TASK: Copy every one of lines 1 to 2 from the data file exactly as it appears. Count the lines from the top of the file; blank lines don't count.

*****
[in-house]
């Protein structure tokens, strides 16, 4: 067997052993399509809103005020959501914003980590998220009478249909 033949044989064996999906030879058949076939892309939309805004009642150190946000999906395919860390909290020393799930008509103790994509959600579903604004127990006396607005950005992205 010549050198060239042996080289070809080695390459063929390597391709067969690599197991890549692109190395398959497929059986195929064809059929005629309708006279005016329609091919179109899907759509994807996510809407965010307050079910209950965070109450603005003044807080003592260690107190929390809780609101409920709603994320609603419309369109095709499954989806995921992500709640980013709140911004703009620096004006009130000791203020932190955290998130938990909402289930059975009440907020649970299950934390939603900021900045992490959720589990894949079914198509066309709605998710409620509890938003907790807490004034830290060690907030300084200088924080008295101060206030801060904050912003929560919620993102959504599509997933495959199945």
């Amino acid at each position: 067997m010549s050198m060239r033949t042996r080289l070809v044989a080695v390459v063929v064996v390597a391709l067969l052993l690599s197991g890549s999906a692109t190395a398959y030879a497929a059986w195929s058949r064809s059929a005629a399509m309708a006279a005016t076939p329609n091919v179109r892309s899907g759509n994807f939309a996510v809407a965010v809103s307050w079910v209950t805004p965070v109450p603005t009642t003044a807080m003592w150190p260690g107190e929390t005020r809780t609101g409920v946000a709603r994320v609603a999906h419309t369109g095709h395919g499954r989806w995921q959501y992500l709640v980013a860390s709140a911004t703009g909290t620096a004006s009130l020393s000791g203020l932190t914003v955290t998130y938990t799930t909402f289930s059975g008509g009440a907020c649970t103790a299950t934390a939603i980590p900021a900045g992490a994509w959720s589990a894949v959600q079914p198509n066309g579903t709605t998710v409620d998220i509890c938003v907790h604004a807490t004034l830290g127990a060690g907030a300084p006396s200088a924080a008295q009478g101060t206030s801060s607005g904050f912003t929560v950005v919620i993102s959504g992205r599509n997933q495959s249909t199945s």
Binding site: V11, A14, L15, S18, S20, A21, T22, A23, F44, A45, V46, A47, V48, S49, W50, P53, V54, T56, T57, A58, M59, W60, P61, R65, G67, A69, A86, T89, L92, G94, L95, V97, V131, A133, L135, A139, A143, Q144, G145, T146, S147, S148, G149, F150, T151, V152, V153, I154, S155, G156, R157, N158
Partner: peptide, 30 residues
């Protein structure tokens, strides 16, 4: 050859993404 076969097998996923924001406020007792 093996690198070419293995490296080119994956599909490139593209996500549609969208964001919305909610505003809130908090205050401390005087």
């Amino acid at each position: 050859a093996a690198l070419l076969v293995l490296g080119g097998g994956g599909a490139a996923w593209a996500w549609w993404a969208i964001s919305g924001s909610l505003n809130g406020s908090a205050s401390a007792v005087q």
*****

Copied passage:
[in-house]
């Protein structure tokens, strides 16, 4: 067997052993399509809103005020959501914003980590998220009478249909 033949044989064996999906030879058949076939892309939309805004009642150190946000999906395919860390909290020393799930008509103790994509959600579903604004127990006396607005950005992205 010549050198060239042996080289070809080695390459063929390597391709067969690599197991890549692109190395398959497929059986195929064809059929005629309708006279005016329609091919179109899907759509994807996510809407965010307050079910209950965070109450603005003044807080003592260690107190929390809780609101409920709603994320609603419309369109095709499954989806995921992500709640980013709140911004703009620096004006009130000791203020932190955290998130938990909402289930059975009440907020649970299950934390939603900021900045992490959720589990894949079914198509066309709605998710409620509890938003907790807490004034830290060690907030300084200088924080008295101060206030801060904050912003929560919620993102959504599509997933495959199945």